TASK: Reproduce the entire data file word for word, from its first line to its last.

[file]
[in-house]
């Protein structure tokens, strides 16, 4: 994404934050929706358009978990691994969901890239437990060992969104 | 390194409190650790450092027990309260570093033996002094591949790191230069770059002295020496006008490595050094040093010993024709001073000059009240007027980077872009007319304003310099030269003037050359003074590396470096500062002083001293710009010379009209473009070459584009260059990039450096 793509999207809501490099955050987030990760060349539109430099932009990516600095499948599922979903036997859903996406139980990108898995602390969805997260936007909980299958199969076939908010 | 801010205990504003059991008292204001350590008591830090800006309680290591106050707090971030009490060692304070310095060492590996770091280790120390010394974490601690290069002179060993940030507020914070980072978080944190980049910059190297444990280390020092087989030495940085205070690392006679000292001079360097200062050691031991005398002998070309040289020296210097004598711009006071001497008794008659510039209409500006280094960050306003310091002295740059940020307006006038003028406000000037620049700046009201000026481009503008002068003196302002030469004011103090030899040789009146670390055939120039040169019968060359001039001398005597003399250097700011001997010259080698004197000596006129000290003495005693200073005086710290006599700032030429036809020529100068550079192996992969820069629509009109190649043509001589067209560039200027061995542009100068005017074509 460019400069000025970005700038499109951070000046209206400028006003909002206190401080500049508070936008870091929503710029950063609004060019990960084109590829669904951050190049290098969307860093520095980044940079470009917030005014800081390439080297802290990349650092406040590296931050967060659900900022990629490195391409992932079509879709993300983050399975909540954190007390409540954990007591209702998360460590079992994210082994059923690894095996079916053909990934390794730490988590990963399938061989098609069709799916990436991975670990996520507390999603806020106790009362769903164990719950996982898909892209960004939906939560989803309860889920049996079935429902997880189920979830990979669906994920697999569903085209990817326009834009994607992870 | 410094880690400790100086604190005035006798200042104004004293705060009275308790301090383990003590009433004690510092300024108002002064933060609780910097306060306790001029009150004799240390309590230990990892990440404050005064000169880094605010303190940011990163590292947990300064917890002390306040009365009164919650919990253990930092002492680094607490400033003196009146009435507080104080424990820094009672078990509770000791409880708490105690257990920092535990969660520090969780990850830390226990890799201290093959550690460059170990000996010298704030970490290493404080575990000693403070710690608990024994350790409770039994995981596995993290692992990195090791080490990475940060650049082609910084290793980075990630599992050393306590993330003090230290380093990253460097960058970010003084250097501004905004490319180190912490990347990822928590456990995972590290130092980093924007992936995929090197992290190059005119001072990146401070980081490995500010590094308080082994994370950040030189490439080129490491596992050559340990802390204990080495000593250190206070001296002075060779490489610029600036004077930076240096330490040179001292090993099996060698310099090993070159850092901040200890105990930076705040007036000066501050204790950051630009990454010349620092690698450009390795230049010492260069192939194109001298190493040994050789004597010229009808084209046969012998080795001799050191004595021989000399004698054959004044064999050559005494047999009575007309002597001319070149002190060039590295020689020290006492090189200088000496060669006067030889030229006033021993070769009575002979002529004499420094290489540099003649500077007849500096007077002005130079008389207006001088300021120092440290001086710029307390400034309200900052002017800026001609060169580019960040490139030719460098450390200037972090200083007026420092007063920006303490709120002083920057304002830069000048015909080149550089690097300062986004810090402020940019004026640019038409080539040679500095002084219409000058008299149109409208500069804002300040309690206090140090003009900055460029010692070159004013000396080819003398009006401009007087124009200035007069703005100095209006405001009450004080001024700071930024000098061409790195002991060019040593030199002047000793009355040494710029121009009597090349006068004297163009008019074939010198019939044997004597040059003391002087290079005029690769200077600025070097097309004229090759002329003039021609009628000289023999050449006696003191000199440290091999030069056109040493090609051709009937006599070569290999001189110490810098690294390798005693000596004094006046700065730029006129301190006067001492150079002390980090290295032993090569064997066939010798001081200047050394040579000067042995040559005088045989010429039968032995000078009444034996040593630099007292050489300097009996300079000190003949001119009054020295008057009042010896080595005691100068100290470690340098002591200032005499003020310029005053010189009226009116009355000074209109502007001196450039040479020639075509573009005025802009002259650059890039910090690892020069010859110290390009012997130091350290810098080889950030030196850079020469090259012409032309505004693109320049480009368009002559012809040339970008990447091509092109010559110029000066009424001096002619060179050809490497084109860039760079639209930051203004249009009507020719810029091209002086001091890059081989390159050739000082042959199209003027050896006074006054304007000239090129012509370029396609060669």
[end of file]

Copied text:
[in-house]
């Protein structure tokens, strides 16, 4: 994404934050929706358009978990691994969901890239437990060992969104 | 390194409190650790450092027990309260570093033996002094591949790191230069770059002295020496006008490595050094040093010993024709001073000059009240007027980077872009007319304003310099030269003037050359003074590396470096500062002083001293710009010379009209473009070459584009260059990039450096 793509999207809501490099955050987030990760060349539109430099932009990516600095499948599922979903036997859903996406139980990108898995602390969805997260936007909980299958199969076939908010 | 801010205990504003059991008292204001350590008591830090800006309680290591106050707090971030009490060692304070310095060492590996770091280790120390010394974490601690290069002179060993940030507020914070980072978080944190980049910059190297444990280390020092087989030495940085205070690392006679000292001079360097200062050691031991005398002998070309040289020296210097004598711009006071001497008794008659510039209409500006280094960050306003310091002295740059940020307006006038003028406000000037620049700046009201000026481009503008002068003196302002030469004011103090030899040789009146670390055939120039040169019968060359001039001398005597003399250097700011001997010259080698004197000596006129000290003495005693200073005086710290006599700032030429036809020529100068550079192996992969820069629509009109190649043509001589067209560039200027061995542009100068005017074509 460019400069000025970005700038499109951070000046209206400028006003909002206190401080500049508070936008870091929503710029950063609004060019990960084109590829669904951050190049290098969307860093520095980044940079470009917030005014800081390439080297802290990349650092406040590296931050967060659900900022990629490195391409992932079509879709993300983050399975909540954190007390409540954990007591209702998360460590079992994210082994059923690894095996079916053909990934390794730490988590990963399938061989098609069709799916990436991975670990996520507390999603806020106790009362769903164990719950996982898909892209960004939906939560989803309860889920049996079935429902997880189920979830990979669906994920697999569903085209990817326009834009994607992870 | 410094880690400790100086604190005035006798200042104004004293705060009275308790301090383990003590009433004690510092300024108002002064933060609780910097306060306790001029009150004799240390309590230990990892990440404050005064000169880094605010303190940011990163590292947990300064917890002390306040009365009164919650919990253990930092002492680094607490400033003196009146009435507080104080424990820094009672078990509770000791409880708490105690257990920092535990969660520090969780990850830390226990890799201290093959550690460059170990000996010298704030970490290493404080575990000693403070710690608990024994350790409770039994995981596995993290692992990195090791080490990475940060650049082609910084290793980075990630599992050393306590993330003090230290380093990253460097960058970010003084250097501004905004490319180190912490990347990822928590456990995972590290130092980093924007992936995929090197992290190059005119001072990146401070980081490995500010590094308080082994994370950040030189490439080129490491596992050559340990802390204990080495000593250190206070001296002075060779490489610029600036004077930076240096330490040179001292090993099996060698310099090993070159850092901040200890105990930076705040007036000066501050204790950051630009990454010349620092690698450009390795230049010492260069192939194109001298190493040994050789004597010229009808084209046969012998080795001799050191004595021989000399004698054959004044064999050559005494047999009575007309002597001319070149002190060039590295020689020290006492090189200088000496060669006067030889030229006033021993070769009575002979002529004499420094290489540099003649500077007849500096007077002005130079008389207006001088300021120092440290001086710029307390400034309200900052002017800026001609060169580019960040490139030719460098450390200037972090200083007026420092007063920006303490709120002083920057304002830069000048015909080149550089690097300062986004810090402020940019004026640019038409080539040679500095002084219409000058008299149109409208500069804002300040309690206090140090003009900055460029010692070159004013000396080819003398009006401009007087124009200035007069703005100095209006405001009450004080001024700071930024000098061409790195002991060019040593030199002047000793009355040494710029121009009597090349006068004297163009008019074939010198019939044997004597040059003391002087290079005029690769200077600025070097097309004229090759002329003039021609009628000289023999050449006696003191000199440290091999030069056109040493090609051709009937006599070569290999001189110490810098690294390798005693000596004094006046700065730029006129301190006067001492150079002390980090290295032993090569064997066939010798001081200047050394040579000067042995040559005088045989010429039968032995000078009444034996040593630099007292050489300097009996300079000190003949001119009054020295008057009042010896080595005691100068100290470690340098002591200032005499003020310029005053010189009226009116009355000074209109502007001196450039040479020639075509573009005025802009002259650059890039910090690892020069010859110290390009012997130091350290810098080889950030030196850079020469090259012409032309505004693109320049480009368009002559012809040339970008990447091509092109010559110029000066009424001096002619060179050809490497084109860039760079639209930051203004249009009507020719810029091209002086001091890059081989390159050739000082042959199209003027050896006074006054304007000239090129012509370029396609060669």